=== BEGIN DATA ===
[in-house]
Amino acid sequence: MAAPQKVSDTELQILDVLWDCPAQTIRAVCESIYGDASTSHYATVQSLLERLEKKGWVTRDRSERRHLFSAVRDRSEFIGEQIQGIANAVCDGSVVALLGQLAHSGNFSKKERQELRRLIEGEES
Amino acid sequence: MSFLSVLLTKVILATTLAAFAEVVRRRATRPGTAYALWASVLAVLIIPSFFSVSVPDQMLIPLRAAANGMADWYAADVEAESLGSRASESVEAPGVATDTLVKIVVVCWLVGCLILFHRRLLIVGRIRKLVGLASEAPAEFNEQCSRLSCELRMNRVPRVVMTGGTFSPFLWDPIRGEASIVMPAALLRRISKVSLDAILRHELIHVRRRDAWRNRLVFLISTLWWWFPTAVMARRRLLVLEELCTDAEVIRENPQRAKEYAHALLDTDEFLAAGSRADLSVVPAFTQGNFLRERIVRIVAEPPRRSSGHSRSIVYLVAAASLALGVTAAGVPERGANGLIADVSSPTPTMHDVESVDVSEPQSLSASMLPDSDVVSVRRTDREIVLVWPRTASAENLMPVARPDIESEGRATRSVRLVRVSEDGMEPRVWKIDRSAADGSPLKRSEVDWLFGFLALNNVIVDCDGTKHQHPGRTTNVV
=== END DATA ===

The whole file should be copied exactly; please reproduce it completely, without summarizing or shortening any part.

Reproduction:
[in-house]
Amino acid sequence: MAAPQKVSDTELQILDVLWDCPAQTIRAVCESIYGDASTSHYATVQSLLERLEKKGWVTRDRSERRHLFSAVRDRSEFIGEQIQGIANAVCDGSVVALLGQLAHSGNFSKKERQELRRLIEGEES
Amino acid sequence: MSFLSVLLTKVILATTLAAFAEVVRRRATRPGTAYALWASVLAVLIIPSFFSVSVPDQMLIPLRAAANGMADWYAADVEAESLGSRASESVEAPGVATDTLVKIVVVCWLVGCLILFHRRLLIVGRIRKLVGLASEAPAEFNEQCSRLSCELRMNRVPRVVMTGGTFSPFLWDPIRGEASIVMPAALLRRISKVSLDAILRHELIHVRRRDAWRNRLVFLISTLWWWFPTAVMARRRLLVLEELCTDAEVIRENPQRAKEYAHALLDTDEFLAAGSRADLSVVPAFTQGNFLRERIVRIVAEPPRRSSGHSRSIVYLVAAASLALGVTAAGVPERGANGLIADVSSPTPTMHDVESVDVSEPQSLSASMLPDSDVVSVRRTDREIVLVWPRTASAENLMPVARPDIESEGRATRSVRLVRVSEDGMEPRVWKIDRSAADGSPLKRSEVDWLFGFLALNNVIVDCDGTKHQHPGRTTNVV